On Monday, June 27 and Tuesday, June 28, 2016, the European Council for Foreign Relations held its annual council meeting in The Hague. On Tuesday, June 28, ProDemos helped organize a public discussion on The State of Our Union: Europe 2016.
Panel members were:
- Carl Bildt, former Prime Minister and Former Foreign Minister of Sweden
- Jaap de Hoop Scheffer, former Foreign Minister of The Netherlands and former Secretary General of NATO
- Beatrice de Graaf, Professor for the History of International Relations & Global Governance at Utrecht University
- Mark Leonard, co-Founder and Director of the European Council on Foreign Relations
Peace, stability, values
The European Union faces various challenges in this day and age and it seems as if the only reports written about the European Union are negative. However, the three key words associated by young European citizens are peace, stability and values. Even though this is a positive notion, it does not mean that there are no challenges.
Carl Bildt, Former Prime Minister and Former Foreign Minister of Sweden states that the past couple of years have seen a change in challenges. The challenges faced by the European Union used to be big, single challenges; dictatorial regimes transforming to democratic regimes and the admission of these countries to the European Union and the reunification of Germany. These big, single challenges seem to be solved, and now Europe faces a myriad of challenges.
Beatrice de Graaf, Professor for the History of International Relations and Global Governance at Utrecht University vehemently disagrees. “There is one single overarching problem: it is all about security.”
The biggest challenges for Europe
The fact that the European Union faces challenges is clear to all of the panelists. Carl Bildt reiterates that there are a multitude of challenges faced by the EU right now, such as the Brexit, the Middle-East meltdown and turmoil and the transition of global economy to a digital age. These problems are all connected and none of these can be solved on their own. De Graaf disagrees and states that security is the main issue right now. From her point of view it is important to “look back at history to understand the future.” She argues that protecting the future the European citizen will feel secure.
Jaap de Hoop Scheffer, former Foreign Minister of the Netherlands and former Secretary General of the NATO, states framing the problem is a challenge to the European Union. The debate is framed by the fringes; Wilders, Le Pen, Putin and Farage all are the center of attention in the debate about the European Union. The political center is crumbling and the fringes determine the debate.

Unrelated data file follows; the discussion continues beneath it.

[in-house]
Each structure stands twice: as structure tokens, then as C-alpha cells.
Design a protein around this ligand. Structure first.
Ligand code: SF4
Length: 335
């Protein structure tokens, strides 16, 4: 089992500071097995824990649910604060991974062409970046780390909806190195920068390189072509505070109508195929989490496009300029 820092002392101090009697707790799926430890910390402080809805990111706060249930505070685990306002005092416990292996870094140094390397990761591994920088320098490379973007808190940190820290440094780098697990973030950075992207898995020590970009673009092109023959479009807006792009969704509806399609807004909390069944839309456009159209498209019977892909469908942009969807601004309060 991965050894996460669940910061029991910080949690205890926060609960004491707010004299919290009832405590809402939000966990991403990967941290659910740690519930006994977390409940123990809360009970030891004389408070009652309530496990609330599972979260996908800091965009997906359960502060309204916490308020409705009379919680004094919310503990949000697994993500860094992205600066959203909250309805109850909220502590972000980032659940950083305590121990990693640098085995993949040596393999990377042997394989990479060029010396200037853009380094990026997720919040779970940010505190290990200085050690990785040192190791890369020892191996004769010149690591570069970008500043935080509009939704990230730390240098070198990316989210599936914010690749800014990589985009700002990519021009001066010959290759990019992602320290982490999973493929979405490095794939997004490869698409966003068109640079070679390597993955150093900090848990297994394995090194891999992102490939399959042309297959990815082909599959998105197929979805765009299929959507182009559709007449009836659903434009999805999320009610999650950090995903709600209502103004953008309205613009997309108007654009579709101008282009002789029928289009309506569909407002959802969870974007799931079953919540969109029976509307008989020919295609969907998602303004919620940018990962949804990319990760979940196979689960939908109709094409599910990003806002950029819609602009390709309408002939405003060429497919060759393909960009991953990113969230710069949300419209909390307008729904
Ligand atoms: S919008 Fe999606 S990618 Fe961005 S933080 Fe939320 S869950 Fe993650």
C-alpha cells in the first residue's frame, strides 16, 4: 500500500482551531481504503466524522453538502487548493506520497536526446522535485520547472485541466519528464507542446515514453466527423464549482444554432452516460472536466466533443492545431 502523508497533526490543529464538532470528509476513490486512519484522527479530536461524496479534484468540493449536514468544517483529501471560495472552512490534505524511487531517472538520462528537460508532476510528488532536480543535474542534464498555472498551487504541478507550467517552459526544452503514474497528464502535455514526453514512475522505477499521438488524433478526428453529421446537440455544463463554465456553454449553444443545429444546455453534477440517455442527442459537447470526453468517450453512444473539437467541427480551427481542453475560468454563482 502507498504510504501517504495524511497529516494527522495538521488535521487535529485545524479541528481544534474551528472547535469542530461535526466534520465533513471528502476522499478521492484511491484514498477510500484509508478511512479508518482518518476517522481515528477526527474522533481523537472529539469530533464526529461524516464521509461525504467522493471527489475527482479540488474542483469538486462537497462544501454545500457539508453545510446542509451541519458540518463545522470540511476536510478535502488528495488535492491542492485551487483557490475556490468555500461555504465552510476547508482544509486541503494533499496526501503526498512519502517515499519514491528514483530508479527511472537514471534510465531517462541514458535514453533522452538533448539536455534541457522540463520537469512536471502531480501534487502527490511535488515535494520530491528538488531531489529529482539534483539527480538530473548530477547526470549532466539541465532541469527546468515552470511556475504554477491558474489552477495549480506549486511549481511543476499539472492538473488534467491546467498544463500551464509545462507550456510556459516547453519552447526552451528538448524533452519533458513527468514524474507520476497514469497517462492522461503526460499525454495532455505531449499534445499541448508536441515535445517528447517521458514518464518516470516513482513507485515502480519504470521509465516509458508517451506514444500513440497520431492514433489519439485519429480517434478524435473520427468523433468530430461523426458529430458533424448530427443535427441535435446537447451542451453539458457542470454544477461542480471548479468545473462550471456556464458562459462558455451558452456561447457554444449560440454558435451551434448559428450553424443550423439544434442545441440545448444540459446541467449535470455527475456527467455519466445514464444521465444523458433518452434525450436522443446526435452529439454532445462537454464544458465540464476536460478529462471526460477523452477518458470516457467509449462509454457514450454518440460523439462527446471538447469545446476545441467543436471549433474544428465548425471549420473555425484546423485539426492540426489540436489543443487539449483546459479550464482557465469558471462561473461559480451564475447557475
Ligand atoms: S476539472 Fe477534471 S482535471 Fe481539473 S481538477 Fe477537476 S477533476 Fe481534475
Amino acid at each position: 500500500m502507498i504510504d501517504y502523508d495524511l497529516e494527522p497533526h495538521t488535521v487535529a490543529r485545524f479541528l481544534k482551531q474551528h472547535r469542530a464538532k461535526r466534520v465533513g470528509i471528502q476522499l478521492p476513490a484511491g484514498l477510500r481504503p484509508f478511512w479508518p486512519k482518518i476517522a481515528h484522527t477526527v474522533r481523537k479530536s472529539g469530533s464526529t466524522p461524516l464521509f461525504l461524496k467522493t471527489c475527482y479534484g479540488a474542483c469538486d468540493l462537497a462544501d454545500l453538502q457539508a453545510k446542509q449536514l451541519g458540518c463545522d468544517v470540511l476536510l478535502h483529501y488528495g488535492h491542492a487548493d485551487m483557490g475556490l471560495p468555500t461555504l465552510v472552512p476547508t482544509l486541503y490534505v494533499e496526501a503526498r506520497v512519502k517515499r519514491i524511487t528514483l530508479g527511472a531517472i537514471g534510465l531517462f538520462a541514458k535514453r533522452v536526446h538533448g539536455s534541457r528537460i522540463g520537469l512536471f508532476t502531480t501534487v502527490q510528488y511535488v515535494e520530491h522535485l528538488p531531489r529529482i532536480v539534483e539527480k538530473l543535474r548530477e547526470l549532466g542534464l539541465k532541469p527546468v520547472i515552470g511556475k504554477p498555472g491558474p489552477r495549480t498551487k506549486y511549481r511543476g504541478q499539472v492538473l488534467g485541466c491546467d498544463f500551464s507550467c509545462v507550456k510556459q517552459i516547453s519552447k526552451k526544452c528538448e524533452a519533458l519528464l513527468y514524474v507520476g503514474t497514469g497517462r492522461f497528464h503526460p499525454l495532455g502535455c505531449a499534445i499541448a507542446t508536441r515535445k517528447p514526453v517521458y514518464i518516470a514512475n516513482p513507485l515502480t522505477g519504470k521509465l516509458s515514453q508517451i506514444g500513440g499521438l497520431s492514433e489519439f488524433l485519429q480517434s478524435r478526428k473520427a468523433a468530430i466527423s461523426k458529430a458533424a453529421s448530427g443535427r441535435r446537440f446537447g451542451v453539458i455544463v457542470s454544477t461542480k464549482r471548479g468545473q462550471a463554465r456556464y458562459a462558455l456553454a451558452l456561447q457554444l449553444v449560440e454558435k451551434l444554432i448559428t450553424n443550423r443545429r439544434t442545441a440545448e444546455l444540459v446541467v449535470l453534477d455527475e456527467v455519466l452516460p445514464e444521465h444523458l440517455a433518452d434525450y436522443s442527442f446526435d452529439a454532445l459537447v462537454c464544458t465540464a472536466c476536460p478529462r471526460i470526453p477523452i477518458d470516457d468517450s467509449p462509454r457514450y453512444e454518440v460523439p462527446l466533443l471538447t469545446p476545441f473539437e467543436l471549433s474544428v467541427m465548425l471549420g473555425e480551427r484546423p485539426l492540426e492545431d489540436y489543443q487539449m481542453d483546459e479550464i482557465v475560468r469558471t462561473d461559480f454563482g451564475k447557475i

Mark Leonard, Co-Founder and Director of the European Council on Foreign Relations, argues that the biggest challenge is the fact that the European citizen only sees the disadvantages of the European Union. The four freedoms (the free movement of goods, services, capital and persons) are seen as a threat and not as benefits.
The younger generation
Against this backdrop, the question and answer session opens. The Brexit has been mentioned in the opening session, particularly focusing on the difference in voting between young British citizens and the older British citizens.
When asked what the young political center should De Hoop Scheffer responds by stating that the young political center should mobilize people. But the important task here is that the public needs to be fully mobilized and that the younger generation really wants to be part of this. De Graaf adds that one way to do this is online through social media. The younger generation needs to fight the trolls online.
The elephant in the room had to be addressed in this panel discussion as well. Leonard is very vocal about the Brexit and state that one of the problems relating to the Brexit is globalization. Citizens need to be convinced that the European Union is on their side.
Bildt disagrees and states that the last quarter century has “probably been the best quarter century of mankind ever. There are fewer wars and increases in human well-being, and this is due to globalization.”
Leonard mentions the fact that people feel unrepresented by mainstream parties and that this is connected to people who voted in favor of the Brexit. A large part of the people who voted in favor of the Brexit have felt unrepresented by the parties in power and want to show that they disagree with their current politics.
This, however, is detrimental for the younger generation, since “the older generation makes the younger generations’ European Union impossible” according to De Hoop Scheffer.
The way forward
What is next for the European Union? De Hoop Scheffer sees an ever-increasing flow of migration, which will become much more substantial. Populist parties within the European countries bind anti-European Union sentiments and anti-migration parties which will only cause more problems. Therefore, he argues that the Europen Union should guard its external border together with other countries.
De Graaf asks for a decisive and strong European Union which should stop acting as a law-making machine. The real source of insecurity is the turmoil in the Middle East and Syria. Solving these problems have been left to Russia, Iran and the United States.
The European Union should “try to influence the course of events instead of changing and adding legal paragraphs.”